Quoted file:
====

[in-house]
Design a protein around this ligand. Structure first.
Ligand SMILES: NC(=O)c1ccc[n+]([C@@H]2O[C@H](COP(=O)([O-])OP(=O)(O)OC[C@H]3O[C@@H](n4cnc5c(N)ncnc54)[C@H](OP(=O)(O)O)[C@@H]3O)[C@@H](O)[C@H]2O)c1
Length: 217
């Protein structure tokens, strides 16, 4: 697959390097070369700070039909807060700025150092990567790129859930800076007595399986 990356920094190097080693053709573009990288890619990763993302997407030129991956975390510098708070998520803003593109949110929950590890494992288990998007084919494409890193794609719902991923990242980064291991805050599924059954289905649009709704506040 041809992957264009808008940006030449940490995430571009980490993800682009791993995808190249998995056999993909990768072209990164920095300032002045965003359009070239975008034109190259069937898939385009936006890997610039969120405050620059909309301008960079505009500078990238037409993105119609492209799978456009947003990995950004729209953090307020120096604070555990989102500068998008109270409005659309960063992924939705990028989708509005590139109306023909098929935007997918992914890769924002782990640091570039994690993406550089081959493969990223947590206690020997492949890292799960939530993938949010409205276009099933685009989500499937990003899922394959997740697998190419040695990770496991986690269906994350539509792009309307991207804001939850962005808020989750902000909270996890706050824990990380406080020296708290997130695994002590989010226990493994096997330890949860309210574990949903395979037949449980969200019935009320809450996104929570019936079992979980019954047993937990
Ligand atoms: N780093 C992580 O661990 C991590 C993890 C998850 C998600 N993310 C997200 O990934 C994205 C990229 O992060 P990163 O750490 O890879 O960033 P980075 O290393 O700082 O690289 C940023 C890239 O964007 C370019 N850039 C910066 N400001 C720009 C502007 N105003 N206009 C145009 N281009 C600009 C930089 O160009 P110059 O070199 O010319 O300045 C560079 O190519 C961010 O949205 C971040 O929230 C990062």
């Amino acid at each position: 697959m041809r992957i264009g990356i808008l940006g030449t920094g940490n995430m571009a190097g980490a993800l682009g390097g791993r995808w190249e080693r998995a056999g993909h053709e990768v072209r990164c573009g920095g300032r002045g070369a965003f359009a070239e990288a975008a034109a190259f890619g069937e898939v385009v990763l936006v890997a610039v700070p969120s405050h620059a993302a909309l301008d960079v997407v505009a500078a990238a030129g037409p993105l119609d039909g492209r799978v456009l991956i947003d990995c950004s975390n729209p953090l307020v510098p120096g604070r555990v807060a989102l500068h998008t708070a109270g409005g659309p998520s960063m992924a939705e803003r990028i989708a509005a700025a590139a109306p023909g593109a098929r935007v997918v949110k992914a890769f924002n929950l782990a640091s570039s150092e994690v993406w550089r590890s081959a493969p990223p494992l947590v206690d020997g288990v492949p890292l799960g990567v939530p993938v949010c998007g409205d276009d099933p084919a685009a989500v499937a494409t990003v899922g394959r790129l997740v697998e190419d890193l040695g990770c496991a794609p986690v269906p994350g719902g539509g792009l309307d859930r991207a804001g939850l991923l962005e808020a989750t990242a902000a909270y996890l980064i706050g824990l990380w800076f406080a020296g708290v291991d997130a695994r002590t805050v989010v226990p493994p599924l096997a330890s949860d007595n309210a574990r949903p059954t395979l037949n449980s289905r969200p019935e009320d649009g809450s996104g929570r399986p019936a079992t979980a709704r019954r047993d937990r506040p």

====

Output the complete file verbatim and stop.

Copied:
[in-house]
Design a protein around this ligand. Structure first.
Ligand SMILES: NC(=O)c1ccc[n+]([C@@H]2O[C@H](COP(=O)([O-])OP(=O)(O)OC[C@H]3O[C@@H](n4cnc5c(N)ncnc54)[C@H](OP(=O)(O)O)[C@@H]3O)[C@@H](O)[C@H]2O)c1
Length: 217
């Protein structure tokens, strides 16, 4: 697959390097070369700070039909807060700025150092990567790129859930800076007595399986 990356920094190097080693053709573009990288890619990763993302997407030129991956975390510098708070998520803003593109949110929950590890494992288990998007084919494409890193794609719902991923990242980064291991805050599924059954289905649009709704506040 041809992957264009808008940006030449940490995430571009980490993800682009791993995808190249998995056999993909990768072209990164920095300032002045965003359009070239975008034109190259069937898939385009936006890997610039969120405050620059909309301008960079505009500078990238037409993105119609492209799978456009947003990995950004729209953090307020120096604070555990989102500068998008109270409005659309960063992924939705990028989708509005590139109306023909098929935007997918992914890769924002782990640091570039994690993406550089081959493969990223947590206690020997492949890292799960939530993938949010409205276009099933685009989500499937990003899922394959997740697998190419040695990770496991986690269906994350539509792009309307991207804001939850962005808020989750902000909270996890706050824990990380406080020296708290997130695994002590989010226990493994096997330890949860309210574990949903395979037949449980969200019935009320809450996104929570019936079992979980019954047993937990
Ligand atoms: N780093 C992580 O661990 C991590 C993890 C998850 C998600 N993310 C997200 O990934 C994205 C990229 O992060 P990163 O750490 O890879 O960033 P980075 O290393 O700082 O690289 C940023 C890239 O964007 C370019 N850039 C910066 N400001 C720009 C502007 N105003 N206009 C145009 N281009 C600009 C930089 O160009 P110059 O070199 O010319 O300045 C560079 O190519 C961010 O949205 C971040 O929230 C990062």
């Amino acid at each position: 697959m041809r992957i264009g990356i808008l940006g030449t920094g940490n995430m571009a190097g980490a993800l682009g390097g791993r995808w190249e080693r998995a056999g993909h053709e990768v072209r990164c573009g920095g300032r002045g070369a965003f359009a070239e990288a975008a034109a190259f890619g069937e898939v385009v990763l936006v890997a610039v700070p969120s405050h620059a993302a909309l301008d960079v997407v505009a500078a990238a030129g037409p993105l119609d039909g492209r799978v456009l991956i947003d990995c950004s975390n729209p953090l307020v510098p120096g604070r555990v807060a989102l500068h998008t708070a109270g409005g659309p998520s960063m992924a939705e803003r990028i989708a509005a700025a590139a109306p023909g593109a098929r935007v997918v949110k992914a890769f924002n929950l782990a640091s570039s150092e994690v993406w550089r590890s081959a493969p990223p494992l947590v206690d020997g288990v492949p890292l799960g990567v939530p993938v949010c998007g409205d276009d099933p084919a685009a989500v499937a494409t990003v899922g394959r790129l997740v697998e190419d890193l040695g990770c496991a794609p986690v269906p994350g719902g539509g792009l309307d859930r991207a804001g939850l991923l962005e808020a989750t990242a902000a909270y996890l980064i706050g824990l990380w800076f406080a020296g708290v291991d997130a695994r002590t805050v989010v226990p493994p599924l096997a330890s949860d007595n309210a574990r949903p059954t395979l037949n449980s289905r969200p019935e009320d649009g809450s996104g929570r399986p019936a079992t979980a709704r019954r047993d937990r506040p």